Sarah Collins, Will You Please Go Home!

I moved into a cul-de-sac recently and discovered that one of my neighbors has no sense of boundaries. Not only does she think the entire cul-de-sac is her property, but everyone finds her wandering ways endearing and sweet. “That’s Sarah Collins,” they say with soft drawls and smiles. “She just does whatever she wants.”

What the blond bitch wants, as far as I can figure out,  is to prowl around my yard, follow me when I take my dogs for a walk, and crap on my lawn.  I’ve always wanted an incontinent stalker.

Sarah Collins stopping by to drop off a little something something.

Sarah Collins stopping by to drop off a little something something.

Now, I’m trying to be a good neighbor. I want to get along.  But can’t I walk out the front door without Sarah Collins strolling by to check on me? And isn’t it enough I have two dogs to clean up after already? Must I add Sarah Collins to the mix? When I walk by her owner’s house,  I notice his lawn is pristine and green. Mine is marked by urine spots. Coincidence? I think not.

I don’t have any options at this point either. Sarah Collins has been ruling the neighborhood for the last ten years. As I speak, she has entered my yard for the tenth time tonight. No longer happy with the view from the ground, she’s walked up the steps to my second story deck and is standing at the gate, waiting to be let in.

I refrain from yelling at her. I want to be neighborly. Still, I previously lived in the land of leash laws and picking up your own dog’s poop. Down here, that’s not the way things work. In fact, my neighbor’s are entertained by the sight of me parading my leashed dogs around the circle,  leaning down occasionally with one baggie covered hand. “Oh, we just leave it,” they say. “It’s what dogs do.”

Perhaps, with time, I will become as mellow as the people I live among. For now, though, I wish Sarah Collins would go home, and stay there.

Ever had a neighbor’s dog drive you insane? How did you deal with it? Suggestions wanted in the comments.

Cats: Not to be Trusted


Please note: No cats were hurt in the writing of this blog post.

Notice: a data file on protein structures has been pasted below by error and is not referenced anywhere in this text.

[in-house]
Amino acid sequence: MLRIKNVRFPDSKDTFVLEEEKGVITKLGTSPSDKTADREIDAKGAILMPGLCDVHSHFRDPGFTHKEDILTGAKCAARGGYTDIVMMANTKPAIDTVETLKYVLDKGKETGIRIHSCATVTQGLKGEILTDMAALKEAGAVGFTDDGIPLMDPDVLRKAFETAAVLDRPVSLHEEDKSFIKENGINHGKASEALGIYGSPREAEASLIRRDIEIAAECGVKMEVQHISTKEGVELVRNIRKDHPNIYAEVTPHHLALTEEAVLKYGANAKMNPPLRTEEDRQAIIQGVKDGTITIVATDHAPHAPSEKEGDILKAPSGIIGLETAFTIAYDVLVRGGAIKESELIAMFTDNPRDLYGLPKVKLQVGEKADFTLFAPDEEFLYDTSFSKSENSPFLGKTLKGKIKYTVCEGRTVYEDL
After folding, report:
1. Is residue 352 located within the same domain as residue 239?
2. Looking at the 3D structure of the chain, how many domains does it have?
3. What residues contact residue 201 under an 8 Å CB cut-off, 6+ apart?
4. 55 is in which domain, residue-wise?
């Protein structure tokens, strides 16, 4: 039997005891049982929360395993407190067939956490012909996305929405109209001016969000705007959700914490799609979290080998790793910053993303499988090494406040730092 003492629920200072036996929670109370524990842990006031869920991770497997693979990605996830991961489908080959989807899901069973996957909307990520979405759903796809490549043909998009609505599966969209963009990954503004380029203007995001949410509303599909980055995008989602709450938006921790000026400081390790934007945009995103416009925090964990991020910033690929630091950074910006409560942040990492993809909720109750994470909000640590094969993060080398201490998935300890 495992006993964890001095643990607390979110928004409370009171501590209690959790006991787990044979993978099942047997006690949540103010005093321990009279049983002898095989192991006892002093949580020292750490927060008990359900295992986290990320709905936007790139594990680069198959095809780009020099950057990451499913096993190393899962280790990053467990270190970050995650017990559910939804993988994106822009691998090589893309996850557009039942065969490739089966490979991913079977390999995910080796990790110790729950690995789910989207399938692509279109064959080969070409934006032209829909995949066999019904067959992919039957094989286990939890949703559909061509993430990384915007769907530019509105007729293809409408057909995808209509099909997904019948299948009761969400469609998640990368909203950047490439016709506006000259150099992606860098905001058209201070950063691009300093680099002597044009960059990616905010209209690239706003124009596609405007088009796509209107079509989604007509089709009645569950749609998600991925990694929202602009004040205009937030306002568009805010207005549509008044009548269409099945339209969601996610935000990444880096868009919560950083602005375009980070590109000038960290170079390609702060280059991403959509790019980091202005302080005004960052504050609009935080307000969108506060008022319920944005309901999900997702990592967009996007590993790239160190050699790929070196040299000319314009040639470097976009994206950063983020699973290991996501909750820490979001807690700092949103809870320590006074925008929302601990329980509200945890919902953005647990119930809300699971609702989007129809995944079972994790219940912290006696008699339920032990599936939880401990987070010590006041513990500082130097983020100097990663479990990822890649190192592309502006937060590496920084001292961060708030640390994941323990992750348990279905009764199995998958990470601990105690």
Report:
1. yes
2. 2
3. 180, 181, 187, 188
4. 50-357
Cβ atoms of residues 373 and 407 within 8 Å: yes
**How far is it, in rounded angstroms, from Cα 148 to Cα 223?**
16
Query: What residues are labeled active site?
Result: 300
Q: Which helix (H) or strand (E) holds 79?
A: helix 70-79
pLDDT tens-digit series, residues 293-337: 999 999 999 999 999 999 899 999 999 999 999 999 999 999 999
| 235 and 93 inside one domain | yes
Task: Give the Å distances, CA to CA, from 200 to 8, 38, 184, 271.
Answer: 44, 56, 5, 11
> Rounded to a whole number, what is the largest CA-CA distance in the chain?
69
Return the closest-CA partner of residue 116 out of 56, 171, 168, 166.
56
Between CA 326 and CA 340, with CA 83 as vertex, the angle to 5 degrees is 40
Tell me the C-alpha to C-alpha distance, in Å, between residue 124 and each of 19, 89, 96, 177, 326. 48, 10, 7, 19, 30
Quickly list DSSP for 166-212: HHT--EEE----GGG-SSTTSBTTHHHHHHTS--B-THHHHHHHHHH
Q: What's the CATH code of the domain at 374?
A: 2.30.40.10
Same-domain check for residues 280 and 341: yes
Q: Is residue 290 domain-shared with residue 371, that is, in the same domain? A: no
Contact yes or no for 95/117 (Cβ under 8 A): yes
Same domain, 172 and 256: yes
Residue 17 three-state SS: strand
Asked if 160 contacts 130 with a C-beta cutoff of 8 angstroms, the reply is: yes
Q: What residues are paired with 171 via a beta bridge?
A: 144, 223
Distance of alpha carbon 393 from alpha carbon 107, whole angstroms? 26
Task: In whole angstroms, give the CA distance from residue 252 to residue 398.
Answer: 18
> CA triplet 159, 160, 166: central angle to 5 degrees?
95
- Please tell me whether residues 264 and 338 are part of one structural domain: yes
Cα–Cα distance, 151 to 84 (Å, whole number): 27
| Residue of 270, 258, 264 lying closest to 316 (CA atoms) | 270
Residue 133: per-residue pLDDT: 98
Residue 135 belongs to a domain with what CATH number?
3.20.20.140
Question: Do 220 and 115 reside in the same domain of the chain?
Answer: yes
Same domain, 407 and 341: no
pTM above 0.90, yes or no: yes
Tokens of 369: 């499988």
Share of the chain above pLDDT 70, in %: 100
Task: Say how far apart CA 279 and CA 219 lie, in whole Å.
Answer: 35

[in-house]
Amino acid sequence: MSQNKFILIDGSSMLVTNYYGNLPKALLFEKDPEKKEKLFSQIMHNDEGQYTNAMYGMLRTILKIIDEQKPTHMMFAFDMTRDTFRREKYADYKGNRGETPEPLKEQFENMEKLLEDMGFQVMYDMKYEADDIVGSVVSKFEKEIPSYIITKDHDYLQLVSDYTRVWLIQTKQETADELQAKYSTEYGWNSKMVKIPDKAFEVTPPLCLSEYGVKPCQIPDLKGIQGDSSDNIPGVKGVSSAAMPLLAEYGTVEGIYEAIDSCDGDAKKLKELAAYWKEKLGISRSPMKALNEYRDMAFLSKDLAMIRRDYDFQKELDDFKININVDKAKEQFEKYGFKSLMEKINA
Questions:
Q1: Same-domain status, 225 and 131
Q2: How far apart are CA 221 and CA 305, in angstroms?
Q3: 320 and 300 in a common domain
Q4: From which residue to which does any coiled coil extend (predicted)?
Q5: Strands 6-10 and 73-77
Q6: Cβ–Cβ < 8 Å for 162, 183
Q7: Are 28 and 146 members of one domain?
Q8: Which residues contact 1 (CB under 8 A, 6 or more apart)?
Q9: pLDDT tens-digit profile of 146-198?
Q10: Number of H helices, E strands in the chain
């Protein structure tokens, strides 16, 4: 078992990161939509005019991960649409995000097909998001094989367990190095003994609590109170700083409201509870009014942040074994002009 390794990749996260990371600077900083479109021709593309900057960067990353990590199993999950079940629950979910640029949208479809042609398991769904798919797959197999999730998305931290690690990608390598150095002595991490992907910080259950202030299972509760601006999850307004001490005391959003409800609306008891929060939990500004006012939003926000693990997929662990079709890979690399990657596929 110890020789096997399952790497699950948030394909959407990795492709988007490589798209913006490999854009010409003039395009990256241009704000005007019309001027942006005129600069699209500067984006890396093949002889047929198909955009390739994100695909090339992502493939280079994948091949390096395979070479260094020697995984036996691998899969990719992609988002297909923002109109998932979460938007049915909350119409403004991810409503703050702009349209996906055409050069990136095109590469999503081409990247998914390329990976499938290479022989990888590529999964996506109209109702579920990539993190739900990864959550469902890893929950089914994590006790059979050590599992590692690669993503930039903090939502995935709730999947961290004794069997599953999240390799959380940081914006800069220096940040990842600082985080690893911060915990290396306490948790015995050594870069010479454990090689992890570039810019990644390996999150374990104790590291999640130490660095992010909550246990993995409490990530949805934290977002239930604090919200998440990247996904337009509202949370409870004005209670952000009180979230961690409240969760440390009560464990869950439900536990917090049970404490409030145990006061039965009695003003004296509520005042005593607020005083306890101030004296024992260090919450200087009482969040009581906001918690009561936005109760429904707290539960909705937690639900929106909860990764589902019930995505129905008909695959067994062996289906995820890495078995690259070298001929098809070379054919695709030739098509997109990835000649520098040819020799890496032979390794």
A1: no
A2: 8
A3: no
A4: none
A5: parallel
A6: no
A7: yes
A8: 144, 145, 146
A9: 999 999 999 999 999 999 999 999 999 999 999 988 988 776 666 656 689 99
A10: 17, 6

My daughter’s dog has a cat. He loves his cat. Yes, that’s his picture above. He’s grooming his cat. He enjoys it. The cat appears to enjoy it too.

There are many things I love about sharing a house with my daughter. I love how she accentuates the positive. I love how she tells my inner mean girl to shut up. I love that she pay attention to what I have to say. I even love her dogs.

I just hate her dog’s cat.


Cat (Photo credit: @Doug88888)

It’s bad enough that cats cause depression, use litter boxes, and indiscriminately kill birds and rodents, but her cat sneaks into my office late at night when I’m asleep and messes with my stuff.

At first I blamed the dogs (cats are expert at shifting blame), until I realized if one of the big dogs leapt onto my desk it would collapse and the mini beagle can’t jump that high. No way dogs were dancing on my desk at night and leaving my papers in a disarray. My suspicions were confirmed the morning I opened my office door to find the cat guiltily looking up from a pile of papers. He fled through a secret entrance back into his bedroom before I could react. After I picked up the papers and straightened out my desk,  I found the cat pee.

Luckily he missed the laptop, kindle and ipad. His watery destructiveness was limited to the desktop calendar, my favorite Grammar Girl book, and a few pages of miscellaneous  notes. Enough to tick me off, but not enough to ruin my day.


Kattenbak (Photo credit: Wikipedia)

And it certainly didn’t ruin the cat’s day, mainly because cat’s are hard to discipline.

A dog will drop into a submissive pose and look guilty even if he isn’t. A cat won’t.

A dog will understand he’s done something wrong and attempt to worm his way back into your good graces. A cat doesn’t.

Cats are resistant to having their nose rubbed in something, their snouts lightly tapped, or hearing the words “bad cat.” Almost like their egos are so large they can’t conceive of doing wrong. Cats are very egocentric, possibly sociopathic.

Which is why, in spite of the cat’s bad behavior, I’ll take no further action than to block his secret tunnel. As the bad boys of domesticated animals, I can’t spend the rest of my life looking over my shoulder and wondering how he plans to take his revenge. You know, like entwining himself in my feet as I descend the stairs or pinning me under the blankets and smothering me. And that’s only the cat tricks I know about. Imagine how many devious little feline machinations remain secret.

On second thought, don’t imagine that. If you do and there’s a cat in your house, you’ll never sleep well again. And if there is a cat in the house, sleep with one eye open. Cats aren’t to be trusted.

(Evil) cat

(Evil) cat (Photo credit: zven-ug)

Yes. It’s My Yappy Dog.

Yes, it’s my yappy dog. The one who barks and barks for no good reason in a tone guaranteed to disintegrate ear wax. I know it’s annoying.  But, he’s really cute.

nate sleeping

I try to be considerate. When I let him out in the morning, I wait in my pajamas at the patio door, ready to force him inside the second he lets out his first annoying bark of the day. That loud clunking sound you hear is a cardboard box full of zombie dice being vigorously shaken while I hiss “zombie dice” at my dog. Don’t ask me why. Sometimes it works.